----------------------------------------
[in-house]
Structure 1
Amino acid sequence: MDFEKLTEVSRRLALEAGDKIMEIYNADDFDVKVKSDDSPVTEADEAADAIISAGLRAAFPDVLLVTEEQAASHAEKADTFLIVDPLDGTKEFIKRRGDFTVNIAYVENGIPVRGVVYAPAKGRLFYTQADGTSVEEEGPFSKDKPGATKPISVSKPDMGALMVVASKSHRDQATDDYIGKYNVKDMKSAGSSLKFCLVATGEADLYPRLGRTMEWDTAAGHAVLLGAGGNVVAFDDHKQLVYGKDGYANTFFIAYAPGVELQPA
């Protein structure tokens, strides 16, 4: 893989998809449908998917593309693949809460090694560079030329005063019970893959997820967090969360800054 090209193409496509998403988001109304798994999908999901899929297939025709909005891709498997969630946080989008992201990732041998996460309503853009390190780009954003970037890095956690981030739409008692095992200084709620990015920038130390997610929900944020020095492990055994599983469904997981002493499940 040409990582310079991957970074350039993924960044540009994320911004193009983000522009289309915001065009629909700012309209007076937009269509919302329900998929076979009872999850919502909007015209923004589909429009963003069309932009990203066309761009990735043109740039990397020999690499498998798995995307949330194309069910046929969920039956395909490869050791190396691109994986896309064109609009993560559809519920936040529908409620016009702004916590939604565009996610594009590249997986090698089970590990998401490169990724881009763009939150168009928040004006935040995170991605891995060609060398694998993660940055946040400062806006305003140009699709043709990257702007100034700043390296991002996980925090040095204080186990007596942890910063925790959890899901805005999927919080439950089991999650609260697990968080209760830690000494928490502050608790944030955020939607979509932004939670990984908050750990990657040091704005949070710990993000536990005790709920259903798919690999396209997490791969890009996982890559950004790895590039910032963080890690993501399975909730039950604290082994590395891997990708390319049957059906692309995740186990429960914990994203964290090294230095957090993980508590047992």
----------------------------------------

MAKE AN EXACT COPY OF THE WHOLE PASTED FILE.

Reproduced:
[in-house]
Structure 1
Amino acid sequence: MDFEKLTEVSRRLALEAGDKIMEIYNADDFDVKVKSDDSPVTEADEAADAIISAGLRAAFPDVLLVTEEQAASHAEKADTFLIVDPLDGTKEFIKRRGDFTVNIAYVENGIPVRGVVYAPAKGRLFYTQADGTSVEEEGPFSKDKPGATKPISVSKPDMGALMVVASKSHRDQATDDYIGKYNVKDMKSAGSSLKFCLVATGEADLYPRLGRTMEWDTAAGHAVLLGAGGNVVAFDDHKQLVYGKDGYANTFFIAYAPGVELQPA
């Protein structure tokens, strides 16, 4: 893989998809449908998917593309693949809460090694560079030329005063019970893959997820967090969360800054 090209193409496509998403988001109304798994999908999901899929297939025709909005891709498997969630946080989008992201990732041998996460309503853009390190780009954003970037890095956690981030739409008692095992200084709620990015920038130390997610929900944020020095492990055994599983469904997981002493499940 040409990582310079991957970074350039993924960044540009994320911004193009983000522009289309915001065009629909700012309209007076937009269509919302329900998929076979009872999850919502909007015209923004589909429009963003069309932009990203066309761009990735043109740039990397020999690499498998798995995307949330194309069910046929969920039956395909490869050791190396691109994986896309064109609009993560559809519920936040529908409620016009702004916590939604565009996610594009590249997986090698089970590990998401490169990724881009763009939150168009928040004006935040995170991605891995060609060398694998993660940055946040400062806006305003140009699709043709990257702007100034700043390296991002996980925090040095204080186990007596942890910063925790959890899901805005999927919080439950089991999650609260697990968080209760830690000494928490502050608790944030955020939607979509932004939670990984908050750990990657040091704005949070710990993000536990005790709920259903798919690999396209997490791969890009996982890559950004790895590039910032963080890690993501399975909730039950604290082994590395891997990708390319049957059906692309995740186990429960914990994203964290090294230095957090993980508590047992």